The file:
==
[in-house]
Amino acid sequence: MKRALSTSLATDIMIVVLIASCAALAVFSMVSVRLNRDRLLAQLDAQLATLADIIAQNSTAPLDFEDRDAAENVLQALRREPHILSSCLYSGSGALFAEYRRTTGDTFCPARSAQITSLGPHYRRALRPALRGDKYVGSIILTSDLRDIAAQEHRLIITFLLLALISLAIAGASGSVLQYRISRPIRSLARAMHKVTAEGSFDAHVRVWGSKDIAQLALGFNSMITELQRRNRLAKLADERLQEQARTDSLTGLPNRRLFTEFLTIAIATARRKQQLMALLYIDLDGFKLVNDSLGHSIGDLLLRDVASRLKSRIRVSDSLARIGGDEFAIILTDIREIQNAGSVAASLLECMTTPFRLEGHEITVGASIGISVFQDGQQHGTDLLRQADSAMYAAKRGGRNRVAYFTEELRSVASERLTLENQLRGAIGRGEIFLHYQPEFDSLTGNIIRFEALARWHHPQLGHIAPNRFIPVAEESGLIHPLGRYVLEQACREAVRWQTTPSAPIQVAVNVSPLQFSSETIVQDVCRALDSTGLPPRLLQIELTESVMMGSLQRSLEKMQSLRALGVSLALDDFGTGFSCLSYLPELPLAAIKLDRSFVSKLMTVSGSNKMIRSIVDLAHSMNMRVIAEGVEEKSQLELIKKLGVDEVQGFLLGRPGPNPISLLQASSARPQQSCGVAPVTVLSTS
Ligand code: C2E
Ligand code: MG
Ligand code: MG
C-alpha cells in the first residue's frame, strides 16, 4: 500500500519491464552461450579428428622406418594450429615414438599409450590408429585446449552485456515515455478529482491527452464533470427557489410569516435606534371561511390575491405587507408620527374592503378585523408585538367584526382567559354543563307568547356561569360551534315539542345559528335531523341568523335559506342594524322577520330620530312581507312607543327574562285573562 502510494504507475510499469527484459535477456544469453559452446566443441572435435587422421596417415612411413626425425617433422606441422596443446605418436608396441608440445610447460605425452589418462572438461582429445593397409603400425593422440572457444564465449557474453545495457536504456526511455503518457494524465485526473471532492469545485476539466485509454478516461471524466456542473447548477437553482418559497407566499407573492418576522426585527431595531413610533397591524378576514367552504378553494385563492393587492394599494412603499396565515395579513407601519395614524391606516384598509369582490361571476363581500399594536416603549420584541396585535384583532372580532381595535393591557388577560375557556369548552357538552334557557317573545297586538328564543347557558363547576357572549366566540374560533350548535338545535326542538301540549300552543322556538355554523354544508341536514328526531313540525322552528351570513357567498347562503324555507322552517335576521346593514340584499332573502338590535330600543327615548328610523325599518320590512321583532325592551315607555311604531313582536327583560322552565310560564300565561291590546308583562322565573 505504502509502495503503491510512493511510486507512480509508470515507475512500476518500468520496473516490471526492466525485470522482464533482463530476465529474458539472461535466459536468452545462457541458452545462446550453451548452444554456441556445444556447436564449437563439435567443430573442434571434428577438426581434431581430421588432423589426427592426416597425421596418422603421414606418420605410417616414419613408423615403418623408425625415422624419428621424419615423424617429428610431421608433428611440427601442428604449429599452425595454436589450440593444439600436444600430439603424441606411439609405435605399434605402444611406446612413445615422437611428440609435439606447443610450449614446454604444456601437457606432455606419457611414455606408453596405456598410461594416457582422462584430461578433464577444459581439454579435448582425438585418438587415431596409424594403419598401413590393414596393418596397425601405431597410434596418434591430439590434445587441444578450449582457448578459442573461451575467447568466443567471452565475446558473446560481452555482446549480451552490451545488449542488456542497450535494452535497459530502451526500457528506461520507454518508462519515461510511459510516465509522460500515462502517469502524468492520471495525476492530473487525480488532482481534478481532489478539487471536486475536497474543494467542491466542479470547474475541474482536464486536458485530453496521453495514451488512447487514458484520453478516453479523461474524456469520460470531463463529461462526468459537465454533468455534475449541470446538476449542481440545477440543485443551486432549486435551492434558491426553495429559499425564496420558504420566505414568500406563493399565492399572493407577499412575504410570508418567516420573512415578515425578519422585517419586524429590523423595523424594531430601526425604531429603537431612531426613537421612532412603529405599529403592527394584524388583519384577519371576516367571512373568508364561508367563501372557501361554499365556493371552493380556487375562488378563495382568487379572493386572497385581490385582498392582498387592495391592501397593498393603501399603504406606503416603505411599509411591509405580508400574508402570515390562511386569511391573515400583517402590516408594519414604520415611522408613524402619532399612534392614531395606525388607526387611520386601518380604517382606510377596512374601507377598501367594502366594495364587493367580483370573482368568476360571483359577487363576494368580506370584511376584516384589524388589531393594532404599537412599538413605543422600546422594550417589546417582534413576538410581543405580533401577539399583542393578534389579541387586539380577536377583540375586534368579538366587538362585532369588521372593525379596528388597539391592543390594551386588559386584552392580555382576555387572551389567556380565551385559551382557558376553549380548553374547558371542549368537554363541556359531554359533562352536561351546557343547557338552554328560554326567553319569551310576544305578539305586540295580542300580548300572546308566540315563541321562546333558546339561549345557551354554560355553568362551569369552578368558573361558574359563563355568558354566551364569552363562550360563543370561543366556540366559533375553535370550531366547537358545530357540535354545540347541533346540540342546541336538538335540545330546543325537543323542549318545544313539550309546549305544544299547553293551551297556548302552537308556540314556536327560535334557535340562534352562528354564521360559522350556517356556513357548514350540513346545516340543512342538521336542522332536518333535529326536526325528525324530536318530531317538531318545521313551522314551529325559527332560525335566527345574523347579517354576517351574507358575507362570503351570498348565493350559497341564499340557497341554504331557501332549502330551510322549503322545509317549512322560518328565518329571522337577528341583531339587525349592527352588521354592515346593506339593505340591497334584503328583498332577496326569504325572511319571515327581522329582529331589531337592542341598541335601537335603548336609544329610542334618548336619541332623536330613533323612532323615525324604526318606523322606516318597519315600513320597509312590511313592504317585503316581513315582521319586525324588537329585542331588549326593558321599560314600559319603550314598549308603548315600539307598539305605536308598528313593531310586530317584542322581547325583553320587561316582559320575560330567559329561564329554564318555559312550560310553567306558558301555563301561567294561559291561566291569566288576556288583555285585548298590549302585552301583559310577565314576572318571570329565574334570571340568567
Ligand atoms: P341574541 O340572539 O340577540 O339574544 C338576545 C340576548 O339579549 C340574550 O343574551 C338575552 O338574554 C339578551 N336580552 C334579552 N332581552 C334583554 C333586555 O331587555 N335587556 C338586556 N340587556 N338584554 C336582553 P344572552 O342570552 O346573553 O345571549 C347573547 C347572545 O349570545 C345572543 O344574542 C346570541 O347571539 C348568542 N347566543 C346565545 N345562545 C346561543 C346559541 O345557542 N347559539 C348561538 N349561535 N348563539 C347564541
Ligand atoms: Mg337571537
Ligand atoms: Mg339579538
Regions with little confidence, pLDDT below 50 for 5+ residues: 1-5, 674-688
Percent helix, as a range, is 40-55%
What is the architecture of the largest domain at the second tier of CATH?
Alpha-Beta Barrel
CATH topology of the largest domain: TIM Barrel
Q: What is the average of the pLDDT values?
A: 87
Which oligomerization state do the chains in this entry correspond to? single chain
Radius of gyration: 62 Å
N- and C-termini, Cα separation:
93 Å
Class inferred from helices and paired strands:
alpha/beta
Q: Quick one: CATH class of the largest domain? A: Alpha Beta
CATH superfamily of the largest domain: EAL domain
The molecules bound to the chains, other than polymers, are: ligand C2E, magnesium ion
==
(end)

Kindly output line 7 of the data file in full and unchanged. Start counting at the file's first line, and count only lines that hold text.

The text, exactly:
Ligand atoms: P341574541 O340572539 O340577540 O339574544 C338576545 C340576548 O339579549 C340574550 O343574551 C338575552 O338574554 C339578551 N336580552 C334579552 N332581552 C334583554 C333586555 O331587555 N335587556 C338586556 N340587556 N338584554 C336582553 P344572552 O342570552 O346573553 O345571549 C347573547 C347572545 O349570545 C345572543 O344574542 C346570541 O347571539 C348568542 N347566543 C346565545 N345562545 C346561543 C346559541 O345557542 N347559539 C348561538 N349561535 N348563539 C347564541